"v=spf1 ?include:lost.net -all"

This way, even if the lost.net SPF checks out, we still give it a Neutral because there could be some forging going on.  We neither confirm nor deny the result of the cross-domain checking.

Moving onwards to mechanisms, let’s take a look at them in a bit more detail.  Again, this information comes straight from the OpenSPF page, with extra commentary by me.

The all mechanism

all

This mechanism always matches. It usually goes at the end of the SPF record.

Example 1

v=spf1 mx -all

Allow the domain’s MXes to send mail for the domain, prohibit all others.  Reading the syntax from left to right, the version of SPF is 1.0, return a pass if the sending IP is in the MX records for the domain, return a Fail on everything else.  Note that the implied syntax is the following:

v=spf1 +mx -all


Example 2

v=spf1 -all

The domain sends no mail at all.  Read left to right, the version of SPF is 1.0, return a Fail on everything (ie, if any IP has this domain name in the envelope sender, return a Hard Fail).


Example 3

v=spf1 +all

A record like this defeats the purpose of SPF.  To interpret it, the version of SPF is 1.0, return a pass on everything.  If you are returning a pass on everything, it means that whatever IP is sending mail for your domain, you say that’s okay.  That means any IP can forge your domain.

The ip4 mechanism
ip4:<ip4-address>
ip4:<ip4-network>/<prefix-length>

The argument to the "ip4:" mechanism is an IPv4 network range. If no prefix-length is given, /32 is assumed (singling out an individual host address).  This is one of the easier records to interpret.

Example 1

"v=spf1 ip4:192.168.0.1/16 -all"

Allow any IP address between 192.168.0.1 and 192.168.255.255.  If the transmitting IP is not within this range, return a Hard Fail.

The ip6 mechanism
ip6:<ip6-address>
ip6:<ip6-network>/<prefix-length>

The argument to the "ip6:" mechanism is an IPv6 network range. If no prefix-length is given, /128 is assumed (singling out an individual host address).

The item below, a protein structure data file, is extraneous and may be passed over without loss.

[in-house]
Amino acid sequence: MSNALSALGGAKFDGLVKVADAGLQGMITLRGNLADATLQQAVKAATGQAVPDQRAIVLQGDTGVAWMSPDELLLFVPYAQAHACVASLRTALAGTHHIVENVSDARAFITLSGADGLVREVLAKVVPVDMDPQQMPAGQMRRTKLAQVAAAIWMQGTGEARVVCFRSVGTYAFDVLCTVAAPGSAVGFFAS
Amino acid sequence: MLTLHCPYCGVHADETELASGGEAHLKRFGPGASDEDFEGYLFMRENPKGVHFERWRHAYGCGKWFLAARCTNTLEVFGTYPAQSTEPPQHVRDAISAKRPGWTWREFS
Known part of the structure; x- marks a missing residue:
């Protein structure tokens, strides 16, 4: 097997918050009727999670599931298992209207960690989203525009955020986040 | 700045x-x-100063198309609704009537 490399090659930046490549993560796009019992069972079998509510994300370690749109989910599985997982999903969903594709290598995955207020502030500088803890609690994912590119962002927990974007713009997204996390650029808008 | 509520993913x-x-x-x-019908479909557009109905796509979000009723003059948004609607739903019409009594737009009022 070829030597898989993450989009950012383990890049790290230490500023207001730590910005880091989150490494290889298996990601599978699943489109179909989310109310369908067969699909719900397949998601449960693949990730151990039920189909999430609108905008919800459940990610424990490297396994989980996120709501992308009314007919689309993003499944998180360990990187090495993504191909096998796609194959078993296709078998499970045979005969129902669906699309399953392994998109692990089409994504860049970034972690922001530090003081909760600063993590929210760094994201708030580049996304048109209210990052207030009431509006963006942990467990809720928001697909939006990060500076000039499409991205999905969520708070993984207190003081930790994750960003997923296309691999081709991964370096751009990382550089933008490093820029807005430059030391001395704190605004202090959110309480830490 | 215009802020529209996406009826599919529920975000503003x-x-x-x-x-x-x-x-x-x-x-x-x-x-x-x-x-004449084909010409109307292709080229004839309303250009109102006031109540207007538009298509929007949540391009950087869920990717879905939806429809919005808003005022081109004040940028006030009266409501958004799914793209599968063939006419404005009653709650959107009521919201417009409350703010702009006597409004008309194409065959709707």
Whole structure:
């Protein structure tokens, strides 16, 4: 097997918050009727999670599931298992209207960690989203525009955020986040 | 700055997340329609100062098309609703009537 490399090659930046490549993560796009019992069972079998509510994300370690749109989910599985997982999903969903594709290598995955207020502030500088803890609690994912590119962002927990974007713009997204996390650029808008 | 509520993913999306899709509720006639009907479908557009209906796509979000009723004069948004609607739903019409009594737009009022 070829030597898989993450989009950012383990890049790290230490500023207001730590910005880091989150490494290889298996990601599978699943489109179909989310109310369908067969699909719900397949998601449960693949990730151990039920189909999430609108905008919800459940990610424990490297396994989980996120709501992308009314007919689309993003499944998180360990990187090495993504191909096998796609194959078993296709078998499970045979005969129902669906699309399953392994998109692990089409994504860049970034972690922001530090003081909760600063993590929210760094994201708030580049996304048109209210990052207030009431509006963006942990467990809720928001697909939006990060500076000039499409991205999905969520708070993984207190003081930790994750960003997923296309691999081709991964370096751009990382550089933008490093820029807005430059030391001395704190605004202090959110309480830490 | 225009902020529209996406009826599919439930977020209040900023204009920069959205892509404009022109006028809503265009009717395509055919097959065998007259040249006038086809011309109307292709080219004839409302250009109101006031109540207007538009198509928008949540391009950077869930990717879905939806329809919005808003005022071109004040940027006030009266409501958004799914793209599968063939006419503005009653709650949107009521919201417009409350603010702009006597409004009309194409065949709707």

Example 1

"v=spf1 ip6:1080::8:800:200C:417A/96 -all"

Allow any IPv6 address between 1080::8:800:0000:0000 and 1080::8:800:FFFF:FFFF.

Example 2

"v=spf1 ip6:1080::8:800:68.0.3.1/96 -all"

Allow any IPv6 address between 1080::8:800:0000:0000 and 1080::8:800:FFFF:FFFF.

The a mechanism
a
a/<prefix-length>
a:<domain>
a:<domain>/<prefix-length>

All the A records for the domain are tested. If the client IP is found among them, this mechanism matches.

If domain is not specified, the current-domain is used.

The A records have to match the client IP exactly, unless a prefix-length is provided, in which case each IP address returned by the A lookup will be expanded to its corresponding CIDR prefix, and the client IP will be sought within that subnet.

Example 1

v=spf1 a -all

Lookup the A-record of the current domain.  If it matches the transmitting IP, return a Pass. If not, return a Fail.

Example 2

v=spf1 a:example.com -all

Lookup the A-record of example.com.  If it matches the transmitting IP, return a Pass.  If not, return a Fail.

Example 3

v=spf1 a:mailers.example.com -all

Example.com has explicitly listed all of its outbound mailers in a special A-record under mailers.example.com.  Lookup the A-record for mailers.example.com, and if the transmitting IP is found amoung them, return a Pass.  If it is not, return a Fail. 

Example 4

v=spf1 a/24 a:offsite.example.com/24 -all

This SPF record lists two possible mailers, a/24 and a:offsite.example.com/24.  Lookup the A-record of teh current domain and assume that it resolves to 192.0.2.1; the entire class C of 192.0.2.0/24 would be searched for the client IP.  Similarly, assume that the A-record for offsite.example.com is 192.0.3.1.   It would be expanded to 192.0.3.0/24 and would be searched for transmitting IP.  If more than one A record were returned for the domain, each one would be expanded to a CIDR subnet.
If not match was no found, a Fail would be returned.

In my next post, we will get to the mx, ptr, exists and include mechanisms.  Then, we will take a look at some real-life SPF records.

This is essentially going to be a summary of the information that appears on the OpenSPF documentation web page.  Really, what else can I say that isn’t said there?  But, if you’re like me and rarely bother clicking on links inside of blog posts and would prefer to read it within the same web page you navigated to, then read on.  For brevity’s sake I will split this into a couple of posts.

In my previous posts, I’ve stated that SPF is a method of authentication where the receiving email host checks to see if the transmitting IP is allowed to send mail for the domain in the envelope sender.  It’s actually a bit more complicated than that.  In an SPF record, a domain defines zero or more mechanisms. Mechanisms can be used to describe the set of hosts which are designated outbound mailers for the domain in the envelope sender.